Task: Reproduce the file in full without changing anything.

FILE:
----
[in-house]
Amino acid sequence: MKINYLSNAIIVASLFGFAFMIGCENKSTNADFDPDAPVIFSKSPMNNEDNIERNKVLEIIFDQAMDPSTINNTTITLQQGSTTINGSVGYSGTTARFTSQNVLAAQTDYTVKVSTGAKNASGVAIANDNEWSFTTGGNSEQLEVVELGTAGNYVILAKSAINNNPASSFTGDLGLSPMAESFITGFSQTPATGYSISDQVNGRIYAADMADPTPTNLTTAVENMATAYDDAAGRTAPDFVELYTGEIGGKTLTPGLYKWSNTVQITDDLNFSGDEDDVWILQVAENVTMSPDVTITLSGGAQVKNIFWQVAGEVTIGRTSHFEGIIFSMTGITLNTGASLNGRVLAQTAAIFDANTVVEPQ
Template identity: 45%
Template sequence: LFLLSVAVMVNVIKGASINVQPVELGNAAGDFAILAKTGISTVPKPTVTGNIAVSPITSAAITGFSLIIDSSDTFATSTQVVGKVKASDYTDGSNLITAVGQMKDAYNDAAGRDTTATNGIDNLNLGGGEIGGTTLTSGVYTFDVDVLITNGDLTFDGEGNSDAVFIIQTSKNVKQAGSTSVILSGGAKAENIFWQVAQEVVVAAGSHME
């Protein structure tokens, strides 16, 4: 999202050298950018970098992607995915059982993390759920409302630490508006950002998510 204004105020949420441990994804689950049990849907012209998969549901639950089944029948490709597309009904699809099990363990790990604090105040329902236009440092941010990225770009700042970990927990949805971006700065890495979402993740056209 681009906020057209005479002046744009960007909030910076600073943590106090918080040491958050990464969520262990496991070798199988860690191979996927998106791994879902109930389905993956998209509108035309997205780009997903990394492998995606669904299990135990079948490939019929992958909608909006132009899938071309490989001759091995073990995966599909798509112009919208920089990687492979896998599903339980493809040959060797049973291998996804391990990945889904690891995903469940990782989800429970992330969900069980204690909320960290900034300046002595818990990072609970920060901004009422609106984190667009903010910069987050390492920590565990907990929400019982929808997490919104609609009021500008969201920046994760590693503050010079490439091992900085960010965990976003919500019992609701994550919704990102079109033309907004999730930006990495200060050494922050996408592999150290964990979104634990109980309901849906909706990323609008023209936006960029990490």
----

[in-house]
Amino acid sequence: MKINYLSNAIIVASLFGFAFMIGCENKSTNADFDPDAPVIFSKSPMNNEDNIERNKVLEIIFDQAMDPSTINNTTITLQQGSTTINGSVGYSGTTARFTSQNVLAAQTDYTVKVSTGAKNASGVAIANDNEWSFTTGGNSEQLEVVELGTAGNYVILAKSAINNNPASSFTGDLGLSPMAESFITGFSQTPATGYSISDQVNGRIYAADMADPTPTNLTTAVENMATAYDDAAGRTAPDFVELYTGEIGGKTLTPGLYKWSNTVQITDDLNFSGDEDDVWILQVAENVTMSPDVTITLSGGAQVKNIFWQVAGEVTIGRTSHFEGIIFSMTGITLNTGASLNGRVLAQTAAIFDANTVVEPQ
Template identity: 45%
Template sequence: LFLLSVAVMVNVIKGASINVQPVELGNAAGDFAILAKTGISTVPKPTVTGNIAVSPITSAAITGFSLIIDSSDTFATSTQVVGKVKASDYTDGSNLITAVGQMKDAYNDAAGRDTTATNGIDNLNLGGGEIGGTTLTSGVYTFDVDVLITNGDLTFDGEGNSDAVFIIQTSKNVKQAGSTSVILSGGAKAENIFWQVAQEVVVAAGSHME
């Protein structure tokens, strides 16, 4: 999202050298950018970098992607995915059982993390759920409302630490508006950002998510 204004105020949420441990994804689950049990849907012209998969549901639950089944029948490709597309009904699809099990363990790990604090105040329902236009440092941010990225770009700042970990927990949805971006700065890495979402993740056209 681009906020057209005479002046744009960007909030910076600073943590106090918080040491958050990464969520262990496991070798199988860690191979996927998106791994879902109930389905993956998209509108035309997205780009997903990394492998995606669904299990135990079948490939019929992958909608909006132009899938071309490989001759091995073990995966599909798509112009919208920089990687492979896998599903339980493809040959060797049973291998996804391990990945889904690891995903469940990782989800429970992330969900069980204690909320960290900034300046002595818990990072609970920060901004009422609106984190667009903010910069987050390492920590565990907990929400019982929808997490919104609609009021500008969201920046994760590693503050010079490439091992900085960010965990976003919500019992609701994550919704990102079109033309907004999730930006990495200060050494922050996408592999150290964990979104634990109980309901849906909706990323609008023209936006960029990490």